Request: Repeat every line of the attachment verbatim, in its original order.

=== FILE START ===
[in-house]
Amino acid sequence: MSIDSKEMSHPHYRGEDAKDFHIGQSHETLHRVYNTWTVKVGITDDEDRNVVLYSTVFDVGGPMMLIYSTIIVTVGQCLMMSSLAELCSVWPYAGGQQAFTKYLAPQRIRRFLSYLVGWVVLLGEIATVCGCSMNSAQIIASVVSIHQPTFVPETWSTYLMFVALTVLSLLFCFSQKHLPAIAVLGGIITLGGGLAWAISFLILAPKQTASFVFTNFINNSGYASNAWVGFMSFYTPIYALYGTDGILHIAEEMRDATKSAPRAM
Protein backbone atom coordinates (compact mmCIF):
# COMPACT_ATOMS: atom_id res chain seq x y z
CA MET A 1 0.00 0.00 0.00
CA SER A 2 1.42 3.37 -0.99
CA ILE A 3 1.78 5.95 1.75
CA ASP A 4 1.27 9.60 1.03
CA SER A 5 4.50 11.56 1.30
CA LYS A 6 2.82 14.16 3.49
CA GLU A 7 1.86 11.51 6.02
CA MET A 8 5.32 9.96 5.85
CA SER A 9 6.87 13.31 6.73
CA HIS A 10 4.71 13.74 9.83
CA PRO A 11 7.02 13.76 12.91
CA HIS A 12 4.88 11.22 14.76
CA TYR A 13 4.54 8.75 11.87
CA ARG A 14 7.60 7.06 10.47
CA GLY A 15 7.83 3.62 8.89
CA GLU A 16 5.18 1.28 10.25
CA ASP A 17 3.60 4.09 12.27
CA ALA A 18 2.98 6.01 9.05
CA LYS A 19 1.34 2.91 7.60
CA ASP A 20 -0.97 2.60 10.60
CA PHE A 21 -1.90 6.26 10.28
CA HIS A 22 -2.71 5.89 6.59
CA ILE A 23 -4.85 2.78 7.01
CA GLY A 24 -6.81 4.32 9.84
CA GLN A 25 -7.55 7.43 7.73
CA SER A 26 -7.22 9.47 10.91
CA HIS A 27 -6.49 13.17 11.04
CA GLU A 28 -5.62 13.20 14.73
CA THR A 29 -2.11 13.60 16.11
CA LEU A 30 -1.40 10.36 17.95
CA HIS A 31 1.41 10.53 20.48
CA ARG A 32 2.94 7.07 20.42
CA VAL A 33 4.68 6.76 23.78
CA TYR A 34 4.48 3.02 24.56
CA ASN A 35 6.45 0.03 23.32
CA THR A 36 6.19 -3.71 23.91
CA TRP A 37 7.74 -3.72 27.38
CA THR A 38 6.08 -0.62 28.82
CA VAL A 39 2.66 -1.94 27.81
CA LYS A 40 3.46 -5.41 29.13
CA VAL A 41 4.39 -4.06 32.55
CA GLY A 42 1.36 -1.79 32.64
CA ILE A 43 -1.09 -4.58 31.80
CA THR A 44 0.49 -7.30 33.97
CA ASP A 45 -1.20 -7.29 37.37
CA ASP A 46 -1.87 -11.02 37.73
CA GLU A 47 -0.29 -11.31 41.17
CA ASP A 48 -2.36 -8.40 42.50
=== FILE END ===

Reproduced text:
[in-house]
Amino acid sequence: MSIDSKEMSHPHYRGEDAKDFHIGQSHETLHRVYNTWTVKVGITDDEDRNVVLYSTVFDVGGPMMLIYSTIIVTVGQCLMMSSLAELCSVWPYAGGQQAFTKYLAPQRIRRFLSYLVGWVVLLGEIATVCGCSMNSAQIIASVVSIHQPTFVPETWSTYLMFVALTVLSLLFCFSQKHLPAIAVLGGIITLGGGLAWAISFLILAPKQTASFVFTNFINNSGYASNAWVGFMSFYTPIYALYGTDGILHIAEEMRDATKSAPRAM
Protein backbone atom coordinates (compact mmCIF):
# COMPACT_ATOMS: atom_id res chain seq x y z
CA MET A 1 0.00 0.00 0.00
CA SER A 2 1.42 3.37 -0.99
CA ILE A 3 1.78 5.95 1.75
CA ASP A 4 1.27 9.60 1.03
CA SER A 5 4.50 11.56 1.30
CA LYS A 6 2.82 14.16 3.49
CA GLU A 7 1.86 11.51 6.02
CA MET A 8 5.32 9.96 5.85
CA SER A 9 6.87 13.31 6.73
CA HIS A 10 4.71 13.74 9.83
CA PRO A 11 7.02 13.76 12.91
CA HIS A 12 4.88 11.22 14.76
CA TYR A 13 4.54 8.75 11.87
CA ARG A 14 7.60 7.06 10.47
CA GLY A 15 7.83 3.62 8.89
CA GLU A 16 5.18 1.28 10.25
CA ASP A 17 3.60 4.09 12.27
CA ALA A 18 2.98 6.01 9.05
CA LYS A 19 1.34 2.91 7.60
CA ASP A 20 -0.97 2.60 10.60
CA PHE A 21 -1.90 6.26 10.28
CA HIS A 22 -2.71 5.89 6.59
CA ILE A 23 -4.85 2.78 7.01
CA GLY A 24 -6.81 4.32 9.84
CA GLN A 25 -7.55 7.43 7.73
CA SER A 26 -7.22 9.47 10.91
CA HIS A 27 -6.49 13.17 11.04
CA GLU A 28 -5.62 13.20 14.73
CA THR A 29 -2.11 13.60 16.11
CA LEU A 30 -1.40 10.36 17.95
CA HIS A 31 1.41 10.53 20.48
CA ARG A 32 2.94 7.07 20.42
CA VAL A 33 4.68 6.76 23.78
CA TYR A 34 4.48 3.02 24.56
CA ASN A 35 6.45 0.03 23.32
CA THR A 36 6.19 -3.71 23.91
CA TRP A 37 7.74 -3.72 27.38
CA THR A 38 6.08 -0.62 28.82
CA VAL A 39 2.66 -1.94 27.81
CA LYS A 40 3.46 -5.41 29.13
CA VAL A 41 4.39 -4.06 32.55
CA GLY A 42 1.36 -1.79 32.64
CA ILE A 43 -1.09 -4.58 31.80
CA THR A 44 0.49 -7.30 33.97
CA ASP A 45 -1.20 -7.29 37.37
CA ASP A 46 -1.87 -11.02 37.73
CA GLU A 47 -0.29 -11.31 41.17
CA ASP A 48 -2.36 -8.40 42.50